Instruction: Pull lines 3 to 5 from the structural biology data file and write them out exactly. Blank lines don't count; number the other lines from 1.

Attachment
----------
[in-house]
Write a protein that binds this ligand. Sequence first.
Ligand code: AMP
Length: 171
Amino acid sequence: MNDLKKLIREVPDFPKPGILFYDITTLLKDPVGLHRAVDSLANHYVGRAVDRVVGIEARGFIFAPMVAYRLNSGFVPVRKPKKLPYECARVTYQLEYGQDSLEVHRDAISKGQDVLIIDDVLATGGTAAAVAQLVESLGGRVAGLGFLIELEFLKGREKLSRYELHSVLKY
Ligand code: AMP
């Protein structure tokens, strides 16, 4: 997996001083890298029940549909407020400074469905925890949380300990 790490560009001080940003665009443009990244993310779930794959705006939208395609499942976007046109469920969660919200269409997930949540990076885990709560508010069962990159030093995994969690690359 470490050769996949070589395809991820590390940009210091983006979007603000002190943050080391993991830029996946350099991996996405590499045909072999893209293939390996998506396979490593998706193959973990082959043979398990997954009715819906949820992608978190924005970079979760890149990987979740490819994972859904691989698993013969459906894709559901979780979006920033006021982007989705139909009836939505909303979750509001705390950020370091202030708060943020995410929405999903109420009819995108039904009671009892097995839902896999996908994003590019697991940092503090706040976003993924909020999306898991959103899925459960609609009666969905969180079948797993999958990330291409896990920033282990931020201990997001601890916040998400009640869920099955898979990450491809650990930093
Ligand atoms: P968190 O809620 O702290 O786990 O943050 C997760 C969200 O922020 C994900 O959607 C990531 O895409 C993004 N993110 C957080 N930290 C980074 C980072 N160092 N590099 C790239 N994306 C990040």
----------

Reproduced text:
Ligand code: AMP
Length: 171
Amino acid sequence: MNDLKKLIREVPDFPKPGILFYDITTLLKDPVGLHRAVDSLANHYVGRAVDRVVGIEARGFIFAPMVAYRLNSGFVPVRKPKKLPYECARVTYQLEYGQDSLEVHRDAISKGQDVLIIDDVLATGGTAAAVAQLVESLGGRVAGLGFLIELEFLKGREKLSRYELHSVLKY